Three Dreams


     Chief Karkar, of Maramun Valley in the New Guinea hinterland, squatted on the floor of a grass hut as he related his three dreams—three dreams within a period of six days.

     In his first dream, he said, he was walking along a jungle trail.  Where it divided, he took a narrow trail to the right which climbed abruptly upward.  For hours he plodded up the mountainside, and then as evening approached, he found a grass shelter that appeared to be deserted.  He pushed through the small doorway, happy to rest.

     Out of the darkness a voice said to him, “Are you satisfied with your mission and your way of life?”

     Struggling against a sudden fear, he replied, “Yes, I am quit contented with my way of life.  I attend worship and meetings fairly regularly.”

     “But,” said the voice, “you are still living much the same as you did before the mission came to your village.  You still practice your heathen sing-songs and indulge in all the evils that accompany them. You still believe in talking to your evil spirits when in trouble.  And let me ask you, does your mission help you or your people when you are sick?”

     He had no reply.  The words were burning deep.

     Then the voice spoke again, “If you want to obtain eternal life, you must follow the Seventh-day Adventist mission.”

     Now he was troubled.  This suggestion cut across many of his practices and ambitions.  He knew about the “Seven Day” mission across the valley.  But he preferred his own mission, for he didn’t have to give up anything to belong to it.

     But once more the voice spoke.  I want you to go back to your village and tell all your people what I have told you.  Then I will visit you again to see if you have done what I have asked you to do.”

     Awaking from sleep in his own hut, he was deeply disturbed.  He decided to tell the villagers his dream—that is, a part of it.  So he called them together, told them a portion of his dream, and told them he thought it meant that he would soon die. At this announcement there was hushed silence.

     Two nights later he dreamed again, and the voice said in a chiding tone, “I am ashamed of you.”  The chief could think of nothing to say.  And then after a long pause the voice said, “Why did you not give the true meaning of your dream to your people?  You are not going to die, Go, tell them what I told you.”

     He awoke with a start.  This time he hurried to take action.  Even before dawn he summoned his people.  This time he told them his first dream in detail, omitting nothing, and then the second dream.  The people were happy as he told them he was not going to die.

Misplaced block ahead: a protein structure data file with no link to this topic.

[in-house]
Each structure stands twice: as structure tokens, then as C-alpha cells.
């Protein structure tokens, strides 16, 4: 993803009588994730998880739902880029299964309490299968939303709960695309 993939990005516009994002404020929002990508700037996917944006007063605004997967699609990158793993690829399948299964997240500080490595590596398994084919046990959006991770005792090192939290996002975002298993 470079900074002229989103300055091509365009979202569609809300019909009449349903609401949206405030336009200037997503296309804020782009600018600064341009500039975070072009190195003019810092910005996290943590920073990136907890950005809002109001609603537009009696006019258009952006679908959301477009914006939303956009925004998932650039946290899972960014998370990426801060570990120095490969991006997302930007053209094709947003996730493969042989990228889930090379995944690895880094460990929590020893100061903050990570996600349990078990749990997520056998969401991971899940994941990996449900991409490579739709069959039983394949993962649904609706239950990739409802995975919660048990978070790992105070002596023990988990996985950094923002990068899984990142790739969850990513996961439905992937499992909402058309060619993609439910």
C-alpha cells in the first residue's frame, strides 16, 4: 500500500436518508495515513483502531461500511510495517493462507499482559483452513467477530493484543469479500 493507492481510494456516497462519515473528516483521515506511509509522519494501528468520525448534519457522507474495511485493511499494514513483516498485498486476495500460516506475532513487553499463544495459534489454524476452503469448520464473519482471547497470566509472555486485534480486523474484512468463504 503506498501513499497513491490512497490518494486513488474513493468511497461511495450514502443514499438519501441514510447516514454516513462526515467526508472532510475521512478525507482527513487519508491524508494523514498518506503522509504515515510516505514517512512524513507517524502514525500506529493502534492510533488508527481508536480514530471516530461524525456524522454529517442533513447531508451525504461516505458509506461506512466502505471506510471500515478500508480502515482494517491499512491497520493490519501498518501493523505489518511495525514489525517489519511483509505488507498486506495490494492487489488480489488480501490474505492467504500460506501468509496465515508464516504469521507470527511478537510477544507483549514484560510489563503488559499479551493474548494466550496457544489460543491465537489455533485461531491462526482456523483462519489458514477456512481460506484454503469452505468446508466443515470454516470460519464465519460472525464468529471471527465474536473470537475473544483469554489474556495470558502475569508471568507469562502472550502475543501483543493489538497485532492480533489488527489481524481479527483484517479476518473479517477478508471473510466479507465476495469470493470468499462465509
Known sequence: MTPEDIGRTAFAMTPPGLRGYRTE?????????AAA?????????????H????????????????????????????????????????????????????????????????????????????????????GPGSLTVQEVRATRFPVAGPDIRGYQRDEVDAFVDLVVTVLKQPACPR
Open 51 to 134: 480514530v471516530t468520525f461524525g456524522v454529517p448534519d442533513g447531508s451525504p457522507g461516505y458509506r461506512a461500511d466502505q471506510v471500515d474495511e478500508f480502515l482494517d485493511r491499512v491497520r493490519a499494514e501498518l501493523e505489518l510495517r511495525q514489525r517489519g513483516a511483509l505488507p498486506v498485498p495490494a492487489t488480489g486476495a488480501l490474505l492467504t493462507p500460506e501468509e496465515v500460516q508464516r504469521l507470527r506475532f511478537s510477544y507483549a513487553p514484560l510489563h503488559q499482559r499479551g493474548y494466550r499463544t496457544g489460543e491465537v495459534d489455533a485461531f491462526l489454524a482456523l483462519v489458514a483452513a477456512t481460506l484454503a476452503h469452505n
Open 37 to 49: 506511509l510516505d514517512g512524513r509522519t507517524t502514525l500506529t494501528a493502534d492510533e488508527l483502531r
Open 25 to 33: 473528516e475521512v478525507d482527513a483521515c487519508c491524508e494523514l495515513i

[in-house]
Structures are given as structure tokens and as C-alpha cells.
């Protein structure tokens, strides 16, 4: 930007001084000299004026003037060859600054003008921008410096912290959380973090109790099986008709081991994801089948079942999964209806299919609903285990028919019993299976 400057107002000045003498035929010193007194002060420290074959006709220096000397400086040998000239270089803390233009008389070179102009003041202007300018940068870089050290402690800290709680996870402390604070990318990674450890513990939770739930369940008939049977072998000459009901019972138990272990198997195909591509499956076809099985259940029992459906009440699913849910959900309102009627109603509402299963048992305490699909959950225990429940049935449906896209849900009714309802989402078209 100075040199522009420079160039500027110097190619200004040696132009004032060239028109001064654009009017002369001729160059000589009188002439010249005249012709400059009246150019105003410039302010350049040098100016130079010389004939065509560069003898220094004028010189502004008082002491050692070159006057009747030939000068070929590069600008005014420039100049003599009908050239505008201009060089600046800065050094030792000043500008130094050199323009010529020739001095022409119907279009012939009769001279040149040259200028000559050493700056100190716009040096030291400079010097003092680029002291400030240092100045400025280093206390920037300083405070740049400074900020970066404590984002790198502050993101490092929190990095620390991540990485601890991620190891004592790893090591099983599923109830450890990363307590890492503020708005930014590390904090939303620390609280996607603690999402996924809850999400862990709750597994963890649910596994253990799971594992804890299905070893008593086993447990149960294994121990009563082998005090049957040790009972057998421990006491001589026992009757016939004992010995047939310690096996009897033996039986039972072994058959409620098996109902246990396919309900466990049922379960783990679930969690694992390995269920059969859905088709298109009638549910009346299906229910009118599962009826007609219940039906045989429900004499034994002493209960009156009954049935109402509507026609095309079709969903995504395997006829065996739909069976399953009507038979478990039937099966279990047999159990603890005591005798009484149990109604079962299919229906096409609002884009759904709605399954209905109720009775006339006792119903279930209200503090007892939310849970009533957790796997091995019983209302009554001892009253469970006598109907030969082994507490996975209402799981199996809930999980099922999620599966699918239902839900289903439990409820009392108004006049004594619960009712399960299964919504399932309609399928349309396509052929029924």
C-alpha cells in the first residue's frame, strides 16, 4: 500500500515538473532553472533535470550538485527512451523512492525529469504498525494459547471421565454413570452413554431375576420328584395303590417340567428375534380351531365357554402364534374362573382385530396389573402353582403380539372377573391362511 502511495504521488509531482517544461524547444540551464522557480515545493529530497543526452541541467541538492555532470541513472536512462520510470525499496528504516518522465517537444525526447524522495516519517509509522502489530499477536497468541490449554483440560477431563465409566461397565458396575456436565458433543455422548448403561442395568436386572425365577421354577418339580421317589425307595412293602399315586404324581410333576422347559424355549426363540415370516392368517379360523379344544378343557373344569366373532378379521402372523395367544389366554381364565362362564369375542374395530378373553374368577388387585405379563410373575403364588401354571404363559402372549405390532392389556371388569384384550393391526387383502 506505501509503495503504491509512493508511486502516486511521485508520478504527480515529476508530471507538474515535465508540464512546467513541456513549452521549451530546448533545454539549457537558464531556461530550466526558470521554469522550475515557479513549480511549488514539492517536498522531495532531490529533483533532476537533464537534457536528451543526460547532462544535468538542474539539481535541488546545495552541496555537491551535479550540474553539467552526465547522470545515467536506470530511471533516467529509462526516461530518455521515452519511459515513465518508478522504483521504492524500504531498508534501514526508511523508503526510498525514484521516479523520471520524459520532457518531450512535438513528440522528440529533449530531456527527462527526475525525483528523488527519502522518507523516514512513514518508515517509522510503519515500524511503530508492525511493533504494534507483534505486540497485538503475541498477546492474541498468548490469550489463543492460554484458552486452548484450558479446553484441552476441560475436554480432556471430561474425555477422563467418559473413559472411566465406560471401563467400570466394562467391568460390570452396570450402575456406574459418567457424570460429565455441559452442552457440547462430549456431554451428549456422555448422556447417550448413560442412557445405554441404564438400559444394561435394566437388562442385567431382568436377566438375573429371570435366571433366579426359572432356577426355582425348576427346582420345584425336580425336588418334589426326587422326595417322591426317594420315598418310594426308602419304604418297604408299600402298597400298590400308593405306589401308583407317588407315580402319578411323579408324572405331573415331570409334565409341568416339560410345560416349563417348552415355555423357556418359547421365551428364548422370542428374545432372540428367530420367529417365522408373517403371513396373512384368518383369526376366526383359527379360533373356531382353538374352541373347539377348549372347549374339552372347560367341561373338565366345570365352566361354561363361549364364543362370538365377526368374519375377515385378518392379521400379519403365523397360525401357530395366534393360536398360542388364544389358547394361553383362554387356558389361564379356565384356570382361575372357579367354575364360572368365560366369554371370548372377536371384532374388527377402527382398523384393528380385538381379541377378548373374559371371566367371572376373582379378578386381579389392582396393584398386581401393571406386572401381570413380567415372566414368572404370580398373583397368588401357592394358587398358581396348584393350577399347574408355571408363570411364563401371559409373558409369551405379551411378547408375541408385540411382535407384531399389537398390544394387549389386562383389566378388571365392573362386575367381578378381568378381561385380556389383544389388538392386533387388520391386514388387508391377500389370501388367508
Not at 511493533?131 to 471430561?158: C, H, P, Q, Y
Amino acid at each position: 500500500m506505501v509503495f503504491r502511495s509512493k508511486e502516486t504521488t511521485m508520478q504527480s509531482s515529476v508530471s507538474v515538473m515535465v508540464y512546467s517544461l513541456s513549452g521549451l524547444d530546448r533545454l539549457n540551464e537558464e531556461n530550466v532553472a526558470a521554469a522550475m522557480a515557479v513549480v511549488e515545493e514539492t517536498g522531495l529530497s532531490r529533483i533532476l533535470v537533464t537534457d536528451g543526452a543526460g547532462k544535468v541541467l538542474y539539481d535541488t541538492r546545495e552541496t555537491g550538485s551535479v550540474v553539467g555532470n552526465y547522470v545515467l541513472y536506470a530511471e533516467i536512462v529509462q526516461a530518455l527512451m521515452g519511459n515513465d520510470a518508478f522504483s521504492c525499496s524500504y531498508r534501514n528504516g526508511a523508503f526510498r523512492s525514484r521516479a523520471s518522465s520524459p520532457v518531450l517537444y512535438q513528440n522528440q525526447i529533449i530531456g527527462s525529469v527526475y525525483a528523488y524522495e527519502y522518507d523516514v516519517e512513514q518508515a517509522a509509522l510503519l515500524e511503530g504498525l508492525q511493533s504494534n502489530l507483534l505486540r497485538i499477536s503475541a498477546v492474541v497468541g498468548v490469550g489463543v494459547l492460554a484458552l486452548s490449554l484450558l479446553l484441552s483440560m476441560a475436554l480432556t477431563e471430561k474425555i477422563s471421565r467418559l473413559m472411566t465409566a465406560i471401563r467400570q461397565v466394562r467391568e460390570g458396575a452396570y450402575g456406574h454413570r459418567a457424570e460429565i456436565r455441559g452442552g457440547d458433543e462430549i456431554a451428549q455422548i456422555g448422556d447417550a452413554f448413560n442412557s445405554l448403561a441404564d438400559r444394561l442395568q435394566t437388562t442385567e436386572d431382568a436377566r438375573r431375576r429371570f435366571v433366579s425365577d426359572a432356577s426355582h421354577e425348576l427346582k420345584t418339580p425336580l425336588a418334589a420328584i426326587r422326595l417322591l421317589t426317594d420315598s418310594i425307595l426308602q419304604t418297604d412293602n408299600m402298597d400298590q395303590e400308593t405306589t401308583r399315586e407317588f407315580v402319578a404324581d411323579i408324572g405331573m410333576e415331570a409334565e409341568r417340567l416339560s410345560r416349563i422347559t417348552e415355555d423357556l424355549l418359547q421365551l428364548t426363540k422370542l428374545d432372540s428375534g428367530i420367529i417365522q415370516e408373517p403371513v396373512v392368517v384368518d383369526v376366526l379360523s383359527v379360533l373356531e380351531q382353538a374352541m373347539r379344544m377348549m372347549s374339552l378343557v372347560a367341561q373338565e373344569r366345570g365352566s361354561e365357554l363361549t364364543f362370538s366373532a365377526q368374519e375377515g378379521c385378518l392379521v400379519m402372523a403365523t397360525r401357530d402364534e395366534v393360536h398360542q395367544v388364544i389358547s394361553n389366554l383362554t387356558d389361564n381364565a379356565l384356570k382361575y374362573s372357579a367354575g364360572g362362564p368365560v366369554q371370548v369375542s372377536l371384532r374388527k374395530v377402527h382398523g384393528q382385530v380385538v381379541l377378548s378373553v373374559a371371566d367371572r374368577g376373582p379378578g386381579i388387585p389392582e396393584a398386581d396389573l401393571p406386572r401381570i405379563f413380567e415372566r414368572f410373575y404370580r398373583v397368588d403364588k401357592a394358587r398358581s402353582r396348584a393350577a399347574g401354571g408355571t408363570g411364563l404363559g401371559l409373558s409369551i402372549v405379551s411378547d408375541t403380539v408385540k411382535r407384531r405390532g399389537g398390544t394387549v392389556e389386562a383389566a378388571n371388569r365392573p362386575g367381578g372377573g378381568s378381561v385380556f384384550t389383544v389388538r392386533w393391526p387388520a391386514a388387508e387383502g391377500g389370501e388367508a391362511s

Soon the whole village was astir and enthusiastic.  A central site was selected for the new mission.  Some of the men were sent to outposts to find the missionary’s hut.  The chief himself led a delegation to visit the “Seven Day” missionary, who willingly accompanied them back to the village.

     But there was one more dream for the chief.  This one involved meeting a lone figure beside the path, a person who was very friendly and who told him he was building a dwelling for his villagers who would soon come to be with him.  Walking on up the mountain the chief entered the building.  There he saw angels scurrying about, preparing a banquet.  He was told that he could attend the banquet if he fulfilled the requirements.

     Early the next morning he called his people together again.  This time they were eager to know what he had dreamed.  Among them was Warai, from the Adventist mission.  He told them the true meaning of the dream—that Jesus, the Son of God, is preparing a dwelling in heaven for the faithful of all lands, that He will soon return for them, that there will be a big banquet, and that now is the time to prepare for it.

     The people became very excited.  Some of them began to build their huts near the new mission site, renouncing their heathen practices immediately.  It was not long until 500 people were meeting together in that valley.

     So it is that angels, seen or unseen, prepare the way for truth.  And so it is that the number of worshipers grows rapidly—worshipers who are willing to give up their heathen practices and walk where angels lead, to live clean happy lives.